Sara's Reviews > Everything We Ever Wanted

Everything We Ever Wanted by Sara Shepard
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Nov 29, 11

it was ok
bookshelves: adult-lit
Read in January, 2011

This book exhausted me. So many troubled stories intertwined. Not troubled like drug abuse, or alcoholism, or literally crazy…Troubled like, letting a misunderstanding, or letting a misperception of a person haunt you for life.

Seriously, the Bates-McAllister family is living entombed in the Great-Grandfather’s house. Like not one piece of silverware has changed in two generations. The mother, Sylvie is driven to maintain the life of her beloved Grandfather to the point of stifling growth in her own family. Her husband James died amongst a secret that may or may not have ruined their marriage [yet we stare at the key that could reveal all for THE ENTIRE BOOK]. Son Charles grew up with a lack of self-esteem complex that again, may have been solved had he looked around and gained insight. He marries Joanna who had previously been weirdly obsessed with the family and desires/despises the idea of being a Stepford wife. Finally, we have Scott the half black adopted child, who may simultaneously be the most perceptive character of the novel…or the most messed up…jury is still out.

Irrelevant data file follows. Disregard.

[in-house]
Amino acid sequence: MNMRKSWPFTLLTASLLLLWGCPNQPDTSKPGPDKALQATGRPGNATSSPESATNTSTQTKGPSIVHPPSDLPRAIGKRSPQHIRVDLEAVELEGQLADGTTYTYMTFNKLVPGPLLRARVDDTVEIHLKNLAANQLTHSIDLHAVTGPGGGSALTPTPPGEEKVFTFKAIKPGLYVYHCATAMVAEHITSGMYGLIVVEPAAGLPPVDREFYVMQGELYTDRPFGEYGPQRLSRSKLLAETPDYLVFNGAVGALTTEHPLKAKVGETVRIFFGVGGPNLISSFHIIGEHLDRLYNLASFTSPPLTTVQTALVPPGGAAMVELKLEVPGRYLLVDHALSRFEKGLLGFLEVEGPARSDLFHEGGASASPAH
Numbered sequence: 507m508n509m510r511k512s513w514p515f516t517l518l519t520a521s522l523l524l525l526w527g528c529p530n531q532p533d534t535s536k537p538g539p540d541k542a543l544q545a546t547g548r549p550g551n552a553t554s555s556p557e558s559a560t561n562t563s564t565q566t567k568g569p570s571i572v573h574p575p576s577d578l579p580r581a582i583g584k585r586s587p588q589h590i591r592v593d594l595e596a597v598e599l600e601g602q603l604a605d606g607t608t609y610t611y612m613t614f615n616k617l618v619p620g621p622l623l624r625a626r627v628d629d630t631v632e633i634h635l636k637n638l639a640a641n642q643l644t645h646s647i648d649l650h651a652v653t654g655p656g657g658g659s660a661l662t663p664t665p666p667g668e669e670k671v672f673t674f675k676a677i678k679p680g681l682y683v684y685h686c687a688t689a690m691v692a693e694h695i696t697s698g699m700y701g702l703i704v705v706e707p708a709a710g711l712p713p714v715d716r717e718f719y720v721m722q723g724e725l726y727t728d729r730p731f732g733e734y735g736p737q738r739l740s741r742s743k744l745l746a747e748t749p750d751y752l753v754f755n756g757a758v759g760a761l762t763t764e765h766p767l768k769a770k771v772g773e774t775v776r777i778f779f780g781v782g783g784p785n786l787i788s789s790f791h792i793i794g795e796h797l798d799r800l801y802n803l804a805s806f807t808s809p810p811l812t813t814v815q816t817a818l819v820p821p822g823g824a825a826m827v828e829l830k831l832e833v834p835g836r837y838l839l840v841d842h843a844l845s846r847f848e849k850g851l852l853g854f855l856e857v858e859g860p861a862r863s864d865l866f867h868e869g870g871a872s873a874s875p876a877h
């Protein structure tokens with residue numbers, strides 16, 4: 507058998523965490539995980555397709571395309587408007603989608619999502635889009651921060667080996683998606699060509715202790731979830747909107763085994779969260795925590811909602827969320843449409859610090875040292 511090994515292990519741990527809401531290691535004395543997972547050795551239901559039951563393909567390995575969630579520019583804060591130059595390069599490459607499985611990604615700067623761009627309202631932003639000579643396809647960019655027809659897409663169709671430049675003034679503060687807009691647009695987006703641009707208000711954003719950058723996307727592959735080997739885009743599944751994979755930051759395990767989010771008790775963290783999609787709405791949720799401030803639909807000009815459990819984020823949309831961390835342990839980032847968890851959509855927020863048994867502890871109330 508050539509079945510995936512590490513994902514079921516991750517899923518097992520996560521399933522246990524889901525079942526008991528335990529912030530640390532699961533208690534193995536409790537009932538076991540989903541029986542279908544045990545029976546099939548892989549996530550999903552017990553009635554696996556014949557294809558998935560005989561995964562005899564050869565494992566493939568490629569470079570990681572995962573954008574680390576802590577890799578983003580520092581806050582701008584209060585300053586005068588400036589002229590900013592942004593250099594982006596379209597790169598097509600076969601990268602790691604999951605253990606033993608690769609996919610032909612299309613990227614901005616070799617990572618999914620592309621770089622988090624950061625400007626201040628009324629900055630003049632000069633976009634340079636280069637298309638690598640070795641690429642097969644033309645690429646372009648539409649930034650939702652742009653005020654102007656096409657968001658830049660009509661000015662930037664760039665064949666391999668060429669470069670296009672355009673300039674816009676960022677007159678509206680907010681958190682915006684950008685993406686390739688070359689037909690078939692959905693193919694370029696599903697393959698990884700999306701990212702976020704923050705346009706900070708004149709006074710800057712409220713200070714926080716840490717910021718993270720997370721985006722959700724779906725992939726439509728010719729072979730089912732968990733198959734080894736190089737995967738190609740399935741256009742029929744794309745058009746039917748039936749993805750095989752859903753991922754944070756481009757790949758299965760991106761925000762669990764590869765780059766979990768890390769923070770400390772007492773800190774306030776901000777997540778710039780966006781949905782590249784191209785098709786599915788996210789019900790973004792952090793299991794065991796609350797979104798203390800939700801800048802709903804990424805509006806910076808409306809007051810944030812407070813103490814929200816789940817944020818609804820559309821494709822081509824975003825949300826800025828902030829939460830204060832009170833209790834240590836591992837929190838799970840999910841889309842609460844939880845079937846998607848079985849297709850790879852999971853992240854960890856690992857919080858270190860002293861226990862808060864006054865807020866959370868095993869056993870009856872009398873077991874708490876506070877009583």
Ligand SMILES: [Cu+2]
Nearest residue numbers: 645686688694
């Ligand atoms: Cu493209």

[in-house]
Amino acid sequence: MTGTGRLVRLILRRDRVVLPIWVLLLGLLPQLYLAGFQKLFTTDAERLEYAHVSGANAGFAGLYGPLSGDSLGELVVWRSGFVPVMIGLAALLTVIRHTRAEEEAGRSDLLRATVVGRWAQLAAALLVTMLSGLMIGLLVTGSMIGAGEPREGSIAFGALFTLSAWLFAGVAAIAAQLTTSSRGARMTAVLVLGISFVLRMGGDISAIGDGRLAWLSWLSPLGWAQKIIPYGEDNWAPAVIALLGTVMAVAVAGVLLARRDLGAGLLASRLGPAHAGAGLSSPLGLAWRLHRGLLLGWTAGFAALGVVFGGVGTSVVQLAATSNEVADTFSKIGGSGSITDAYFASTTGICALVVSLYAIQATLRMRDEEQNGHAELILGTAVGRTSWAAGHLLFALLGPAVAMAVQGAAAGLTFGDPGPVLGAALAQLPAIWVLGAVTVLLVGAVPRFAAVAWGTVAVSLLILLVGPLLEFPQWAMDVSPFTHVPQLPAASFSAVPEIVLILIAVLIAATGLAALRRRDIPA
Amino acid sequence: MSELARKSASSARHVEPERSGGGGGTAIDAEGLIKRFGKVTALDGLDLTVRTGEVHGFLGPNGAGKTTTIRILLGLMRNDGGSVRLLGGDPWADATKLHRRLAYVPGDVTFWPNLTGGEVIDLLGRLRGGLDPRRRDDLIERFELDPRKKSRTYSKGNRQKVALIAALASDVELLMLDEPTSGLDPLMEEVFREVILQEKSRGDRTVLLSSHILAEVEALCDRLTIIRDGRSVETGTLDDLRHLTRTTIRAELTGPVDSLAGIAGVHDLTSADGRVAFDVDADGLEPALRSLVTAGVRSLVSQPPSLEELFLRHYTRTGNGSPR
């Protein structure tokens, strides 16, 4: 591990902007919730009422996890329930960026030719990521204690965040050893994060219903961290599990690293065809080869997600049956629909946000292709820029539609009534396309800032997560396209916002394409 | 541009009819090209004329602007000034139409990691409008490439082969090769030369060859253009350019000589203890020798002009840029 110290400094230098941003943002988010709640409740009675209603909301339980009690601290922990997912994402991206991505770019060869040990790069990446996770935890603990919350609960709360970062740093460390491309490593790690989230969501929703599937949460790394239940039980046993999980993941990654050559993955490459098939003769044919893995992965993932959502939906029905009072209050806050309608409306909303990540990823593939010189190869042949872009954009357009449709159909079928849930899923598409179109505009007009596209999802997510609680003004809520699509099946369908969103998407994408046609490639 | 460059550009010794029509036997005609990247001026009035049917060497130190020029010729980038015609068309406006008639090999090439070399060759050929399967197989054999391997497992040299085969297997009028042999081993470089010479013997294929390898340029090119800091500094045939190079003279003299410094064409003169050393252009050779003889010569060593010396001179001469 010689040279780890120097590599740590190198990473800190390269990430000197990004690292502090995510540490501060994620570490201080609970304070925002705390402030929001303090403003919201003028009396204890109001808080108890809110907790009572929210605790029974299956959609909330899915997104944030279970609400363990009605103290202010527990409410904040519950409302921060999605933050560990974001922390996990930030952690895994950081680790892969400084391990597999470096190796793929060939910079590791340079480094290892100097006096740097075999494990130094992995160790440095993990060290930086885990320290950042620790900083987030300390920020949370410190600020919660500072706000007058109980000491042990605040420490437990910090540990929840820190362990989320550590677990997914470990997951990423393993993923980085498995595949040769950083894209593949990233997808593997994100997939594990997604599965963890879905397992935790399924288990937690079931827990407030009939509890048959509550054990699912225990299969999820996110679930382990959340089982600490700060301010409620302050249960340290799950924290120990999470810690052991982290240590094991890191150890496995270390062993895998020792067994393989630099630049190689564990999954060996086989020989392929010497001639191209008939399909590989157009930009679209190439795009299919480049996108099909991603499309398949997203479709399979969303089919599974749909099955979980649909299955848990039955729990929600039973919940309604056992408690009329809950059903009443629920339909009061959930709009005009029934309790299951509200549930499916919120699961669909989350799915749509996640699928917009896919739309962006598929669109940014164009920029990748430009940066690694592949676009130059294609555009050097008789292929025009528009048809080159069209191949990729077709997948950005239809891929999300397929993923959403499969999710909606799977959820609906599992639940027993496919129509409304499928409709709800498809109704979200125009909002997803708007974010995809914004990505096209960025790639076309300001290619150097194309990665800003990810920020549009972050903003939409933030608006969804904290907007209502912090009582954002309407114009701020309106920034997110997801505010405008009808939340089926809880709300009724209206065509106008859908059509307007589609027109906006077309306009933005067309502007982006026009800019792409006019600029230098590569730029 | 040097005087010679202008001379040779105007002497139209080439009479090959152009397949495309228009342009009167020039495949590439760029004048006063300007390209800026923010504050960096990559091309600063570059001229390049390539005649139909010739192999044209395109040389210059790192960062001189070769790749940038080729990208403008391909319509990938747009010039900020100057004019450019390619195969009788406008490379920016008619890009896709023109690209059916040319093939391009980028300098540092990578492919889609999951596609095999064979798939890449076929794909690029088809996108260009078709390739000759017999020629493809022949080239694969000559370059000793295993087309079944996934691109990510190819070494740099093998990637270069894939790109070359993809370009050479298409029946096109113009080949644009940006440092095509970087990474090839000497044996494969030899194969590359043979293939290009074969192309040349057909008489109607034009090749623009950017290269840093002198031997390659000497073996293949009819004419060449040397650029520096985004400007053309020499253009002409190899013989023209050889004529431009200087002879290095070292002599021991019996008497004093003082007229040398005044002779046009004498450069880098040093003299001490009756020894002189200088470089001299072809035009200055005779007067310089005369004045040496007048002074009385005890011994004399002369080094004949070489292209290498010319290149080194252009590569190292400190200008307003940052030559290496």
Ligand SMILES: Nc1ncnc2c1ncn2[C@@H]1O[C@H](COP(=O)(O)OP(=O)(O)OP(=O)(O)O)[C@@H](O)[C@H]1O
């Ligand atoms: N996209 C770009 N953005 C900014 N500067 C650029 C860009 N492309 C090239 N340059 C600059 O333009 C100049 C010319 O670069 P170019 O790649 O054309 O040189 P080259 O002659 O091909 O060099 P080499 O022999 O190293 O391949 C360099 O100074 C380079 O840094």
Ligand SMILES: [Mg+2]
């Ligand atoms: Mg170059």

I can’t even dredge up the enthusiasm to break down the multitude of intertwined themes and issues. About halfway through the book I was reading simply to attain an ending. Waiting for someone to confront someone else. Anyone else.

Honestly, I respect Shepard’s desire to portray real lives in this novel. I think she was going for an inner-workings-of-a-family thing. It didn’t really work for me…And I’ll tell you why:

This is about a WASP-type family. The coolness between characters, while potentially accurate…also caused most of their trouble. I found myself amazed that a family could grow up together and yet be so distant to each other. What mother knows so little about her children?
Nobody talked. Again WASP-accurate, but alienating. Once you know all the secrets behind the twists and turns you’ll be railing against the book too! Geeze, if only someone had broken, if only someone had let a secret drop in a moment of anger, or understanding. How many years of life this family could have had!
The end, for me, was too little too late. Sure, everyone figures it out. Heck, the back cover gives that away. You know they’ll all learn from their mistakes…move down an unexpected, but happier path in life. But again, I have to reiterate: Too little, too late. I just don’t believe everyone’s neurosis were cleaned up in such short order that late in life. Nope. I don’t.
Ultimately, I don’t mind struggling with a family. This book was talking about the minutia that drives all of our lives. All of our decisions. The book looked at how we view and interact with the world. The book was about a bunch of uptight people too self-involved to give it all up and have a little fun. Where was the vallium? The pill they give for Social Anxiety Disorder? I think Shepard took it too far. Allowed her characters to become too intense about such small issues. They weren’t fully fleshed out. Each simply represented their problem…and that was about it.

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